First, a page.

The White House began attacking “Fire and Fury” before the book’s official release, describing it as fiction based on excerpts and quotes published before the book was available to the public. A lawyer for Trump then sent a cease and desist letter to Wolff and Henry Holt, informing them that they were “investigating numerous false and/or baseless statements that you have made about Mr. Trump” and demanding that they stop printing the book.

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A day after Oprah Winfrey delivered her speech at the Golden Globes, discussing the #MeToo movement, Ivanka Trump praised the speech in a tweet.

Ivanka Trump’s tweet praising Winfrey is odd given that the speech sparked buzz that Winfrey should run for president in 2020 against President Donald Trump, Ivanka Trump’s father. Her praise of Time’s Up Now, a group started by women in the entertainment industry to support women’s equality and women who face sexual misconduct, was also strange given the sexual misconduct claims her father faces. Actress Alyssa Milano pointed this out in a tweet replying to Ivanka Trump.

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White House aide Stephen Miller attacked CNN Monday night after “State of the Union” host Jake Tapper cut off a contentious interview with Miller on Sunday and several outlets reported that Miller had to be escorted from the set.

During a Monday appearance on Fox News with Tucker Carlson, Miller said that CNN’s claims that he was escorted from the set after ignoring requests to leave were “not true.”

Carlson also mentioned to Miller that CNN kept recording Miller’s appearance “without your knowledge.” A CBS News reporter posted a transcript of the exchange between Tapper and Miller after they went off air that shows the two arguing about how fair the interview was.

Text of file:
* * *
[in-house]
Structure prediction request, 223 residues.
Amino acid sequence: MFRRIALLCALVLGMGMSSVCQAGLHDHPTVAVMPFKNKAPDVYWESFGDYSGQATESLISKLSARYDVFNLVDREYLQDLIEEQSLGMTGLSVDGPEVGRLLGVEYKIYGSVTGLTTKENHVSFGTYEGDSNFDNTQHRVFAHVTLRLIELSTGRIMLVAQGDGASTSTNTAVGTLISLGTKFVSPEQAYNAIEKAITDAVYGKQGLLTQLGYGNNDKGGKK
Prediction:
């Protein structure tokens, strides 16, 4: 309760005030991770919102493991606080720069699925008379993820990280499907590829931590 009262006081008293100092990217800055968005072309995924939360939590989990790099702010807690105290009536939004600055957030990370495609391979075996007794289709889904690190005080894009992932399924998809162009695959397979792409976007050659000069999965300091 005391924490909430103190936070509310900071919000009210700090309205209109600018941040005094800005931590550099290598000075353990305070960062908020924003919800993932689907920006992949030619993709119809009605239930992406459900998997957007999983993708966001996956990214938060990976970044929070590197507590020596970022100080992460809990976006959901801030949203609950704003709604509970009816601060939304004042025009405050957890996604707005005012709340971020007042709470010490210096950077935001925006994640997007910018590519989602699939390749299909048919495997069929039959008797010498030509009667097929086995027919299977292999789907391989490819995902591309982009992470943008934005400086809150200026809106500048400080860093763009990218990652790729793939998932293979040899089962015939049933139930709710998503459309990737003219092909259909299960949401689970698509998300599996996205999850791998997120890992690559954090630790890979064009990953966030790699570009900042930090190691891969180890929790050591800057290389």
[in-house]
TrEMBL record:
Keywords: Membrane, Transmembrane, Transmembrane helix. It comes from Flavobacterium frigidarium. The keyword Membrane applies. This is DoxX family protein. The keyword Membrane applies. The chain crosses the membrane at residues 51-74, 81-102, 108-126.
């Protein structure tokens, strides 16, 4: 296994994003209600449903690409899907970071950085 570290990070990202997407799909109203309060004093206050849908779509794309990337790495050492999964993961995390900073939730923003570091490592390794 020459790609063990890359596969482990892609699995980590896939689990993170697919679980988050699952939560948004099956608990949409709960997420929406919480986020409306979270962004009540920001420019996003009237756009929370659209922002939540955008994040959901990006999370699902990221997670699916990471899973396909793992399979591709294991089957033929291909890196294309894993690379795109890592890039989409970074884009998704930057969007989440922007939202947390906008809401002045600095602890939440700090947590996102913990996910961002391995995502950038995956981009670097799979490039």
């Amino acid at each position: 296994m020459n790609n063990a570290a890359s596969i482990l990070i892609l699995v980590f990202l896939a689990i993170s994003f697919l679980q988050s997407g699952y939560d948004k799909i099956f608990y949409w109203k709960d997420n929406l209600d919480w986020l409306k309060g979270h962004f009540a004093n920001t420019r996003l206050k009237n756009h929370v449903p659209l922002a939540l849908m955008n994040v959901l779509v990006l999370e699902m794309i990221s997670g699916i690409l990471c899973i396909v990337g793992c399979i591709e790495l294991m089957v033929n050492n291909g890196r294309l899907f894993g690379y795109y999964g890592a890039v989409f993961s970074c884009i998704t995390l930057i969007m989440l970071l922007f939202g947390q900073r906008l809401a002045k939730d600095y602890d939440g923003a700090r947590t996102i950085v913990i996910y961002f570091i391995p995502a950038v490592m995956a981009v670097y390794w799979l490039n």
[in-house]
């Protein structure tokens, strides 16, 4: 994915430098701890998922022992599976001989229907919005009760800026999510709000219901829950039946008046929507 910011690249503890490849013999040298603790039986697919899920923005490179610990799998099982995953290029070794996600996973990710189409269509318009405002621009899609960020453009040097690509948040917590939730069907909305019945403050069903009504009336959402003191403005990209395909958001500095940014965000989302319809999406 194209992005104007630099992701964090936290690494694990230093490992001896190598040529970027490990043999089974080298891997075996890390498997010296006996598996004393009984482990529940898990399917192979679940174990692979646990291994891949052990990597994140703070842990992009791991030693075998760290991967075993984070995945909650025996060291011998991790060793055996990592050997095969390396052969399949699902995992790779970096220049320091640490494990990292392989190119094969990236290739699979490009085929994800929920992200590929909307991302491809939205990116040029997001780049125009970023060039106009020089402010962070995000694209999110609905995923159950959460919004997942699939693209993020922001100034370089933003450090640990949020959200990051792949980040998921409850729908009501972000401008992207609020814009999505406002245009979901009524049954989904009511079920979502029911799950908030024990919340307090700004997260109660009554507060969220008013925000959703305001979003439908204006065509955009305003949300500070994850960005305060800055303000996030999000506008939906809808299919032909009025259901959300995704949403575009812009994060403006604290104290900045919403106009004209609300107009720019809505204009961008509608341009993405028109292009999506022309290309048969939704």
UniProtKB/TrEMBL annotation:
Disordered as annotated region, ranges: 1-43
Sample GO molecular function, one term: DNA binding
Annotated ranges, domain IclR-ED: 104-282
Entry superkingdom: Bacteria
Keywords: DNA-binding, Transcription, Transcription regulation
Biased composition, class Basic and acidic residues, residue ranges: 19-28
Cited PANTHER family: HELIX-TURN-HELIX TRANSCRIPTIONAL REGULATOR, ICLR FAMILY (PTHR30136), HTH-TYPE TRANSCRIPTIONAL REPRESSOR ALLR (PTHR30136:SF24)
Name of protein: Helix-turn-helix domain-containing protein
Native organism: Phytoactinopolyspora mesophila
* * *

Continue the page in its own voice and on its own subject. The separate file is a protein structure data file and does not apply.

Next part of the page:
Miller said Monday night that the transcript leak is “just another example of CNN’s very low journalistic standards.”

“But I was glad to have people hear what I said on camera and off camera, which is that CNN has been extraordinarily biased, extraordinarily unfair to the president, and is not giving their viewers honest information,” Miller said.

Watch part of Miller’s interview with Carlson via Fox News:

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Chris Christie, the outgoing Republican governor of New Jersey, said in an interview published Monday that he would have won the Republican presidential nomination if Donald Trump had not run.

“It’s incredibly frustrating to think to yourself, ‘Wow, if this guy were not in the race, we’d win this thing.’ And I absolutely believe if Trump had not gotten into the race, I think we would have won,” Christie told NJ Advance Media in an extensive interview.

Christie said that his campaign’s polling showed that he was the second choice for 38 percent of Trump voters at one point. He also argued that Trump did not win because of his nationalist rhetoric, but because of his “toughness,” suggesting that he also portrayed to voters that he was tough.